The 2011 legislative session is “one of the darkest” when it comes to erosion of workers’ rights, House Democratic Leader Scott Inman, D-Del City, said Tuesday.
“We’re going to roll back right after right after right, benefit after benefit,” Inman said during debate on a bill to do away with trial de novo for fired teachers.
Trial de novo, a procedure unique to teachers, allows educators to appeal their terminations to district court.
Inman said trial de novo is almost never utilized, and there are other processes in place to get rid of bad teachers. He also predicted that the legislation, HB 1380, would lead to increased litigation.
Rep. Corey Holland, R-Marlow, author of the measure, acknowledged that trial de novo is rarely used. However, he said the bill is about removing a level of protection no other employees enjoy.
“The protections are still there,” said Holland, himself a teacher.
He said the measure provides for a plan of improvement for endangered educators to follow, and that career teachers would not be affected unless they violate certain specific requirements.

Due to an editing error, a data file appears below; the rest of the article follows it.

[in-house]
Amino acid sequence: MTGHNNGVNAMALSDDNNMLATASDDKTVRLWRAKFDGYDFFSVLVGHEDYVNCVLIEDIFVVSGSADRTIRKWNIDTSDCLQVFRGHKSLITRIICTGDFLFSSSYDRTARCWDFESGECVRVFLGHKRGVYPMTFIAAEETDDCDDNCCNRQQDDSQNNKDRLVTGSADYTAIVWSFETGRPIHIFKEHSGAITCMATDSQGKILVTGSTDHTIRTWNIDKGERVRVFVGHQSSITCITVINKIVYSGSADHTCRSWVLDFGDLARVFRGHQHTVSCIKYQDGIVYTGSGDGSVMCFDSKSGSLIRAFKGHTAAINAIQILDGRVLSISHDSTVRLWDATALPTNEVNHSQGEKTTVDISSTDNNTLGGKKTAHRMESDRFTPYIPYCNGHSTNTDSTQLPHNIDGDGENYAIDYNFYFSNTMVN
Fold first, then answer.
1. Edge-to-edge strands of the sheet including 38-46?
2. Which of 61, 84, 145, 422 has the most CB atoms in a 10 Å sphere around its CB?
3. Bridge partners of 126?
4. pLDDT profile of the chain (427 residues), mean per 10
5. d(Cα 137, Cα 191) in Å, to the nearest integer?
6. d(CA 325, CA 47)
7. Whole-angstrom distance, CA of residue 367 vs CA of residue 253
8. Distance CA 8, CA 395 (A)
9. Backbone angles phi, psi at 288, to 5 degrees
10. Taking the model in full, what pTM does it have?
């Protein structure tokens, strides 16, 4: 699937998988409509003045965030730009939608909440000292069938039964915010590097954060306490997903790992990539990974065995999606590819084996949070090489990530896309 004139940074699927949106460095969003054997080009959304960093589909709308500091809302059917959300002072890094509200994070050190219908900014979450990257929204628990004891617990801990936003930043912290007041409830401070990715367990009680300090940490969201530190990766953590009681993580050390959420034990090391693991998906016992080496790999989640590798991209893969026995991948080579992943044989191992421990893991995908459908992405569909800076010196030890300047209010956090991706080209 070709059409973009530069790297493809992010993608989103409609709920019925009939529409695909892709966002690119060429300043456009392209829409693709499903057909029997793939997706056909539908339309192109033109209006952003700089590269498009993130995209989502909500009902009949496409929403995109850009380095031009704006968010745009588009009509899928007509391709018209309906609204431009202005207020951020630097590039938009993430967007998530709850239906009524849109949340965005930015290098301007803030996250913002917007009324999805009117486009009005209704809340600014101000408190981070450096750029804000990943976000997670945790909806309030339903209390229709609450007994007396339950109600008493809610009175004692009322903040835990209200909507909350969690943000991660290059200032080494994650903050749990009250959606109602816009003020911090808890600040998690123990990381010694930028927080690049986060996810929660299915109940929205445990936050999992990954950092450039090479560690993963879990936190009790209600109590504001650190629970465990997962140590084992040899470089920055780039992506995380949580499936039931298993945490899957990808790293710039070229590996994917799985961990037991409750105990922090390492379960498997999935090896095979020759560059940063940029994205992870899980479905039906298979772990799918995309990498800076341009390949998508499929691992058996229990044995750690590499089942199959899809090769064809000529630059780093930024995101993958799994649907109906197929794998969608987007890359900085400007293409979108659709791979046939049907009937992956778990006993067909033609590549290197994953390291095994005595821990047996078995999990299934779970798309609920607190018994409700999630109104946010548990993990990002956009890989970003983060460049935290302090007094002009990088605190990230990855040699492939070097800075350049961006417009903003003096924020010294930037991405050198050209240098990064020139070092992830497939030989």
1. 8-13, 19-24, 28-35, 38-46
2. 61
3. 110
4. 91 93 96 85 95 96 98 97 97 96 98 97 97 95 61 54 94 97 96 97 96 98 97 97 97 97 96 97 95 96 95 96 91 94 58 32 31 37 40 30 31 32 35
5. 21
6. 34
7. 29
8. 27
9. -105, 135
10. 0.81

Holland noted that questions and debate against the bill mentioned only teachers.
“Where are the advocates for the children?” he asked.
The bill passed 69-31.
After the vote, Joel Robison, Oklahoma Education Association associate executive director for legislative and political organizing, responded.
“We don’t believe a teacher’s career should be ended by a vote of a political body,” Robison said. “School boards are political bodies that volunteer a few nights a month. They are subject to political agendas against individual teachers for personal, not educational, reasons.”